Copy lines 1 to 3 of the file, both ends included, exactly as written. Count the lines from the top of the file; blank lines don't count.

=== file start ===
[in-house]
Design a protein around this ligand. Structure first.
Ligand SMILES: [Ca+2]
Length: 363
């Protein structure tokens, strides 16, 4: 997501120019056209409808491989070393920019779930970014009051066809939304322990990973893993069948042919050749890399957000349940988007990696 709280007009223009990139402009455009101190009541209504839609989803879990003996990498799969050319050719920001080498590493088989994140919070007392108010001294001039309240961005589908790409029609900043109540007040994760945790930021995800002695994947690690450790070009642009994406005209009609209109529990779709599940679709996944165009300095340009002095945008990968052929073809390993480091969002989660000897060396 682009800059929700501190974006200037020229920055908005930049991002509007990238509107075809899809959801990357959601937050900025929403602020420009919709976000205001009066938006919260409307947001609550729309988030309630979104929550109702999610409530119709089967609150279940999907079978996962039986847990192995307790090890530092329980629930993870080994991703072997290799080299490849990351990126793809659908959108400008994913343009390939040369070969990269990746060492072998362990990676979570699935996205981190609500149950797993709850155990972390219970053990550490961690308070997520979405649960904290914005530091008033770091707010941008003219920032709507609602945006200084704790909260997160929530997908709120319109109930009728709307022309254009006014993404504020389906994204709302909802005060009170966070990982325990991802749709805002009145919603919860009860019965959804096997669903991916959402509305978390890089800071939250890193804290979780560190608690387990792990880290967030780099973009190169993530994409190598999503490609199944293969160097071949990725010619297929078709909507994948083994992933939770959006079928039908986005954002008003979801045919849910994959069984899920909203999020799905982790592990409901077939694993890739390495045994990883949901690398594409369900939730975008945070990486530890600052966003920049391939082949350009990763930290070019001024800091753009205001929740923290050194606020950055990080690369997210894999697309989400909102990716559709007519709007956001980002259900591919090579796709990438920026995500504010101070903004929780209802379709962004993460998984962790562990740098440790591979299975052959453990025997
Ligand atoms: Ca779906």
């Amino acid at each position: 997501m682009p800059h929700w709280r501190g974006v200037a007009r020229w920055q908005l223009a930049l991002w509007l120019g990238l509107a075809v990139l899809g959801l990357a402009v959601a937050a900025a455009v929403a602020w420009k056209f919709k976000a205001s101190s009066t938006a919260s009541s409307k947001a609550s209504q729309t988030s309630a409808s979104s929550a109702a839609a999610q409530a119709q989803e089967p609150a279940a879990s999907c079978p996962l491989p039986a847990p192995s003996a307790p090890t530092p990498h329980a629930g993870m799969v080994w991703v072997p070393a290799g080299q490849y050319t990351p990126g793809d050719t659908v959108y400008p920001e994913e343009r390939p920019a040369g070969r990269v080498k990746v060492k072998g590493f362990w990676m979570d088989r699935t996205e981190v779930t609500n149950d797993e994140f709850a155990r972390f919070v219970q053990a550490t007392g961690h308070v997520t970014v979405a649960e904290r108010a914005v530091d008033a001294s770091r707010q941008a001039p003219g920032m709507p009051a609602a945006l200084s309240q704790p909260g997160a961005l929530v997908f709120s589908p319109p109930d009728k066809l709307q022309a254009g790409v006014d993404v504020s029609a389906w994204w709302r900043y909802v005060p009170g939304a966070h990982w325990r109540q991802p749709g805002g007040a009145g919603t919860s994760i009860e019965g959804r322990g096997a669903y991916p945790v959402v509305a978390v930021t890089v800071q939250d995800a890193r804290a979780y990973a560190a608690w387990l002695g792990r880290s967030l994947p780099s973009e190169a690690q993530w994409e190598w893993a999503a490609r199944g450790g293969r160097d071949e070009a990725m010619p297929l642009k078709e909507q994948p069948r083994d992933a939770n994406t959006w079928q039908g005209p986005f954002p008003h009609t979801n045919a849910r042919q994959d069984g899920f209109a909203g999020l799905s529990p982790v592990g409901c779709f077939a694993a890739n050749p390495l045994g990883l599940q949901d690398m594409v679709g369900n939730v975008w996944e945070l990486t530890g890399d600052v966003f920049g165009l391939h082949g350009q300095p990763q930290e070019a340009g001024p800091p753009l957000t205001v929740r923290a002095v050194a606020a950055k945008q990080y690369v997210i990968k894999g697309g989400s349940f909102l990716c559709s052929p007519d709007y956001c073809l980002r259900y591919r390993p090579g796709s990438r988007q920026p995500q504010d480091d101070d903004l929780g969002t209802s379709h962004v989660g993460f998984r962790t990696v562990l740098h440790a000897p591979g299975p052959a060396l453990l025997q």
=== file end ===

[in-house]
Design a protein around this ligand. Structure first.
Ligand SMILES: [Ca+2]